close

A A A
Menu

Anderson, Le Couteur Named GSA’s Biological Sciences Journal Editors

For Immediate Release
July 18, 2017

Contact: Todd Kluss
This email address is being protected from spambots. You need JavaScript enabled to view it.
(202) 587-2839

The Gerontological Society of America (GSA) — the nation’s largest interdisciplinary organization devoted to the field of aging — has appointed Rozalyn Anderson, PhD, FGSA, of the University of Wisconsin-Madison and David Le Couteur, FRACP, PhD, of the University of Sydney as the biological sciences co-editors-in-chief of The Journals of Gerontology, Series A: Biological Sciences and Medical Sciences, effective January 2018.

“Their complimentary breadth of expertise and shared innovative vision for the journal make Drs. Le Couteur and Anderson ideally suited to co-lead the journal,” said Noah J. Webster, PhD, chair of GSA’s Publications Committee. “Furthermore, their reputations as leading scholars in the field as well as longstanding contributions to the journal in both scholarly content and editorial leadership, we are confident will ensure the journal’s continued top ranking in the field.”

The Journals of Gerontology, Series A: Biological Sciences and Medical Sciences is published by Oxford Journals on behalf of GSA. Its biological sciences section publishes peer-reviewed on the biological aspects of aging in areas such as biochemistry, biodemography, cellular and molecular biology, comparative and evolutionary biology, endocrinology, exercise sciences, genetics, immunology, morphology, neuroscience, nutrition, pathology, pharmacology, physiology, vertebrate and invertebrate genetics, and biological underpinnings of late life diseases. The journal, with an impact factor of 5.957, has been ranked first of 32 in the gerontology category of Journal Citation Reports: Social Sciences Edition for the past seven consecutive years.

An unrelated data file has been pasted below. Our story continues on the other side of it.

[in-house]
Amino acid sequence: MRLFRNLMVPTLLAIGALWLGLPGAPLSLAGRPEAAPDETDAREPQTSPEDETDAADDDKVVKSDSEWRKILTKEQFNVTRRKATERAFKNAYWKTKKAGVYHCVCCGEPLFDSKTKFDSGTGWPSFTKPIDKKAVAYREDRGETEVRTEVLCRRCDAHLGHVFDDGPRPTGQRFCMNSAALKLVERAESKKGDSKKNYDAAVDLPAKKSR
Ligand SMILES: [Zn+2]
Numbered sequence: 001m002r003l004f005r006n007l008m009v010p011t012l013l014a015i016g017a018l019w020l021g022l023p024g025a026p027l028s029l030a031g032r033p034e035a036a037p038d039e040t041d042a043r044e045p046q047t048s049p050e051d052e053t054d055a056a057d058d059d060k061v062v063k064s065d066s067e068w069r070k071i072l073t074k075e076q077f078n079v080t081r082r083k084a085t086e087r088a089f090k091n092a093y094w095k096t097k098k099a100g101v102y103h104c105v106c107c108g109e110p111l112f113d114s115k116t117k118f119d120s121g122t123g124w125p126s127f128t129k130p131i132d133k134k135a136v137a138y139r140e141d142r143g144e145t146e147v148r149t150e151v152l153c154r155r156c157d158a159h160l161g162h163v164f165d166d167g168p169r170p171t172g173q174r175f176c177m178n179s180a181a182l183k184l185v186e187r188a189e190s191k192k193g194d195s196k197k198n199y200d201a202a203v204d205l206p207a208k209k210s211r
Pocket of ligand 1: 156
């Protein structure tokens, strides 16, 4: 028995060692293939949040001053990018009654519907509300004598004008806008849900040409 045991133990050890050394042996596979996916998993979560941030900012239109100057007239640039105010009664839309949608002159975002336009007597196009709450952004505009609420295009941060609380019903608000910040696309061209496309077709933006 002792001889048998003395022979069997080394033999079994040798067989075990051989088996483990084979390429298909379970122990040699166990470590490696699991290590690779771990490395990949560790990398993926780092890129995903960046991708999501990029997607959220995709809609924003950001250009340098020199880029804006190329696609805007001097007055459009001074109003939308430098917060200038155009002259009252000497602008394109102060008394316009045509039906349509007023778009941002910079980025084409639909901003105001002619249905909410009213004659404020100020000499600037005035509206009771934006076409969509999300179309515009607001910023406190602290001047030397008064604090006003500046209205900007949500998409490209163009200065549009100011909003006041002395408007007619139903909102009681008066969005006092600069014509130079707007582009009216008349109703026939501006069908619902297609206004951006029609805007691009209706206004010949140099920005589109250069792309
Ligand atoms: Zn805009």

The Journals of Gerontology, Series A, with its adjoined biological sciences and medical sciences sections, occupy a unique niche in aging research publications at the intersection of basic and clinical research,” Anderson said. “The importance of biology of aging research cannot be overstated, and its translation to clinical implementation promises a new approach to understanding aging and the complications presented by age-related disease. Dr. David Le Couteur and I are honored and excited to contribute to the long tradition of GSA and the Journals of Gerontology in promoting and advancing the field of aging research.”

Anderson leads the Metabolism of Aging Research Program at the University of Wisconsin-Madison Department of Medicine in the School of Medicine and Public Health. Her work on aging and delayed aging by caloric restriction began in unicellular eukaryotes during her post-doc in Harvard Medical School, and extended into mammalian systems at the UW-Madison Institute on Aging and at the Wisconsin National Primate Research Center. Anderson is a co-principal investigator of the Caloric Restriction and Aging in Rhesus Monkeys Study, which was the first to demonstrate the translatability of mechanisms of delayed aging by caloric restriction to primate species. She is also associate director of the UW Madison T32 Biology of Aging Training Grant Program and director of the Cellular and Molecular Biology of Aging course.